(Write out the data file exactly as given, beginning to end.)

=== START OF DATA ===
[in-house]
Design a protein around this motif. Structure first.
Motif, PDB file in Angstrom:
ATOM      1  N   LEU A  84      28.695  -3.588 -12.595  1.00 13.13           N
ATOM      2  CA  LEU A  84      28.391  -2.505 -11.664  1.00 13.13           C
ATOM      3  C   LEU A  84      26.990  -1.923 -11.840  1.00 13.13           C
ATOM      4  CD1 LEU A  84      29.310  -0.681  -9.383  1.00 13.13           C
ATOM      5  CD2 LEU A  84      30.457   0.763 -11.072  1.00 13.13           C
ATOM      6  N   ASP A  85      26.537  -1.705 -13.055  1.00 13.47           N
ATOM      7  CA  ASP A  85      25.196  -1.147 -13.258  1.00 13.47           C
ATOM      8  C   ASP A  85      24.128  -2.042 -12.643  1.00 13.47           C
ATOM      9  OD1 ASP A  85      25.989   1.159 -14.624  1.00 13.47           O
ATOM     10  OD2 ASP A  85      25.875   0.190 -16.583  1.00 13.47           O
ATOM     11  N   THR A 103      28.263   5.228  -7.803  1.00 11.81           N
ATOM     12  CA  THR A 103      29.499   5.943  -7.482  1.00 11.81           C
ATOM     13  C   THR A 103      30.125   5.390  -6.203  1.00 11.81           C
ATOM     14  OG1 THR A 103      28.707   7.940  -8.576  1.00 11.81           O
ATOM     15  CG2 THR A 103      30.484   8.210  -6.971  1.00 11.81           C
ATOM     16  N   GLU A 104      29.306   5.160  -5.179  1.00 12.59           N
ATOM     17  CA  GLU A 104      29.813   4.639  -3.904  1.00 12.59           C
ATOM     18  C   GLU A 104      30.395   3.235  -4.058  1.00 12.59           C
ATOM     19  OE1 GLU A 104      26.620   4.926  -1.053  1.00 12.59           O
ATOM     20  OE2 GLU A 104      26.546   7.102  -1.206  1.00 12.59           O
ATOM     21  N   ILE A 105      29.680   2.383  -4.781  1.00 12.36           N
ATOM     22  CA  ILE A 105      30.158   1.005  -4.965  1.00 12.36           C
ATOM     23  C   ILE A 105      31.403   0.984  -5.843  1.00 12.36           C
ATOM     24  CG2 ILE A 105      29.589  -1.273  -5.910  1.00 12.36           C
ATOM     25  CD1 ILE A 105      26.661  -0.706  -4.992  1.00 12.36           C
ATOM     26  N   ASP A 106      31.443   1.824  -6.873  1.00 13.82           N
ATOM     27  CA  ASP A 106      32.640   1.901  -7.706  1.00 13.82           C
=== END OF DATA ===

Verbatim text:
[in-house]
Design a protein around this motif. Structure first.
Motif, PDB file in Angstrom:
ATOM      1  N   LEU A  84      28.695  -3.588 -12.595  1.00 13.13           N
ATOM      2  CA  LEU A  84      28.391  -2.505 -11.664  1.00 13.13           C
ATOM      3  C   LEU A  84      26.990  -1.923 -11.840  1.00 13.13           C
ATOM      4  CD1 LEU A  84      29.310  -0.681  -9.383  1.00 13.13           C
ATOM      5  CD2 LEU A  84      30.457   0.763 -11.072  1.00 13.13           C
ATOM      6  N   ASP A  85      26.537  -1.705 -13.055  1.00 13.47           N
ATOM      7  CA  ASP A  85      25.196  -1.147 -13.258  1.00 13.47           C
ATOM      8  C   ASP A  85      24.128  -2.042 -12.643  1.00 13.47           C
ATOM      9  OD1 ASP A  85      25.989   1.159 -14.624  1.00 13.47           O
ATOM     10  OD2 ASP A  85      25.875   0.190 -16.583  1.00 13.47           O
ATOM     11  N   THR A 103      28.263   5.228  -7.803  1.00 11.81           N
ATOM     12  CA  THR A 103      29.499   5.943  -7.482  1.00 11.81           C
ATOM     13  C   THR A 103      30.125   5.390  -6.203  1.00 11.81           C
ATOM     14  OG1 THR A 103      28.707   7.940  -8.576  1.00 11.81           O
ATOM     15  CG2 THR A 103      30.484   8.210  -6.971  1.00 11.81           C
ATOM     16  N   GLU A 104      29.306   5.160  -5.179  1.00 12.59           N
ATOM     17  CA  GLU A 104      29.813   4.639  -3.904  1.00 12.59           C
ATOM     18  C   GLU A 104      30.395   3.235  -4.058  1.00 12.59           C
ATOM     19  OE1 GLU A 104      26.620   4.926  -1.053  1.00 12.59           O
ATOM     20  OE2 GLU A 104      26.546   7.102  -1.206  1.00 12.59           O
ATOM     21  N   ILE A 105      29.680   2.383  -4.781  1.00 12.36           N
ATOM     22  CA  ILE A 105      30.158   1.005  -4.965  1.00 12.36           C
ATOM     23  C   ILE A 105      31.403   0.984  -5.843  1.00 12.36           C
ATOM     24  CG2 ILE A 105      29.589  -1.273  -5.910  1.00 12.36           C
ATOM     25  CD1 ILE A 105      26.661  -0.706  -4.992  1.00 12.36           C
ATOM     26  N   ASP A 106      31.443   1.824  -6.873  1.00 13.82           N
ATOM     27  CA  ASP A 106      32.640   1.901  -7.706  1.00 13.82           C